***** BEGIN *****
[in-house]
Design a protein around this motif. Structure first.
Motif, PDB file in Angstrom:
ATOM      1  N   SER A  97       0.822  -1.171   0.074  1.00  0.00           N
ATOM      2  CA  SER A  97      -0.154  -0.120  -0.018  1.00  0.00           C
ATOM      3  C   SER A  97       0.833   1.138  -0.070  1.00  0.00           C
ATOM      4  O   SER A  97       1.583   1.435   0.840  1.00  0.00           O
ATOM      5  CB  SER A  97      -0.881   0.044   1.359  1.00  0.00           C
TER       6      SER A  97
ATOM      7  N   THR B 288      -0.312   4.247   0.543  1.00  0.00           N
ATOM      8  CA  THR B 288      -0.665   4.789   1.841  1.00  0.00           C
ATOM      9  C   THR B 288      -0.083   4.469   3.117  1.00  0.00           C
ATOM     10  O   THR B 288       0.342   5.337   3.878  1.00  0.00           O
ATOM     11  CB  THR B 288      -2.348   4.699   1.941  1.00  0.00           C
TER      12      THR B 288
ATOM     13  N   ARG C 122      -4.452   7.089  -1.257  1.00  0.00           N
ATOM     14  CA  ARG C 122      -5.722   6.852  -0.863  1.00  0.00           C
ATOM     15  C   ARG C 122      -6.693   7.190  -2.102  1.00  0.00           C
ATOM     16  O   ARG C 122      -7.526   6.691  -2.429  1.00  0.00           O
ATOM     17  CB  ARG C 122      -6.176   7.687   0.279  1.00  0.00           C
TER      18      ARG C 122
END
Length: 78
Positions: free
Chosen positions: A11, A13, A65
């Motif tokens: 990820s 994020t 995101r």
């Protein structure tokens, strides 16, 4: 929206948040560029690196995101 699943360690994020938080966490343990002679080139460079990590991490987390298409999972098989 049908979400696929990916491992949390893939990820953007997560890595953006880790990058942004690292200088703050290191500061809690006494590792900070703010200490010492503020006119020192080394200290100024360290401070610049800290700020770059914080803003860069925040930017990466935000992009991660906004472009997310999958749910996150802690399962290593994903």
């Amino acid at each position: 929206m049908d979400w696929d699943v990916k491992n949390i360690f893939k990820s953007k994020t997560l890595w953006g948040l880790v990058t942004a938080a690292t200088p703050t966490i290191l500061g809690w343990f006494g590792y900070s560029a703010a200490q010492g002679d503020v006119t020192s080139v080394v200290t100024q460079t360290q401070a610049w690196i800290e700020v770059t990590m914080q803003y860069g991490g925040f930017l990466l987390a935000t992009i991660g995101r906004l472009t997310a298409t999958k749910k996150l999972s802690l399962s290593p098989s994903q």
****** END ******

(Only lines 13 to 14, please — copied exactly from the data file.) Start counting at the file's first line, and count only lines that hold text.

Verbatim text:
ATOM     10  O   THR B 288       0.342   5.337   3.878  1.00  0.00           O
ATOM     11  CB  THR B 288      -2.348   4.699   1.941  1.00  0.00           C